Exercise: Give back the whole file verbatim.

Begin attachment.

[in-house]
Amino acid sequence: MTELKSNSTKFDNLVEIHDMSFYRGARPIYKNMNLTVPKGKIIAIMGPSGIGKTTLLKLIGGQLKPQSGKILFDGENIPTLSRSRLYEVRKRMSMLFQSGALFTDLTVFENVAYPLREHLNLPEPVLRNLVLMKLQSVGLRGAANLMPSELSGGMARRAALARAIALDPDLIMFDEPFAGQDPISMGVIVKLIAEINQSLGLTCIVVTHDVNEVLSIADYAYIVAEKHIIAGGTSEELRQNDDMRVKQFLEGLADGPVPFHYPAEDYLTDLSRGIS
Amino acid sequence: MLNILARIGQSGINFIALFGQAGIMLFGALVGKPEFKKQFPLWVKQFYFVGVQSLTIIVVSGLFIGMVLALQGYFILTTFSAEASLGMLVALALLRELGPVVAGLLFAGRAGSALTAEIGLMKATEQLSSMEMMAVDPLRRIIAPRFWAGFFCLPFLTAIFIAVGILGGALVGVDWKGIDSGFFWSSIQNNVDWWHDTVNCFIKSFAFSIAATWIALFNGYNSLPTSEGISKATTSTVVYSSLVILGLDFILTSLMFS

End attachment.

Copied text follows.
[in-house]
Amino acid sequence: MTELKSNSTKFDNLVEIHDMSFYRGARPIYKNMNLTVPKGKIIAIMGPSGIGKTTLLKLIGGQLKPQSGKILFDGENIPTLSRSRLYEVRKRMSMLFQSGALFTDLTVFENVAYPLREHLNLPEPVLRNLVLMKLQSVGLRGAANLMPSELSGGMARRAALARAIALDPDLIMFDEPFAGQDPISMGVIVKLIAEINQSLGLTCIVVTHDVNEVLSIADYAYIVAEKHIIAGGTSEELRQNDDMRVKQFLEGLADGPVPFHYPAEDYLTDLSRGIS
Amino acid sequence: MLNILARIGQSGINFIALFGQAGIMLFGALVGKPEFKKQFPLWVKQFYFVGVQSLTIIVVSGLFIGMVLALQGYFILTTFSAEASLGMLVALALLRELGPVVAGLLFAGRAGSALTAEIGLMKATEQLSSMEMMAVDPLRRIIAPRFWAGFFCLPFLTAIFIAVGILGGALVGVDWKGIDSGFFWSSIQNNVDWWHDTVNCFIKSFAFSIAATWIALFNGYNSLPTSEGISKATTSTVVYSSLVILGLDFILTSLMFS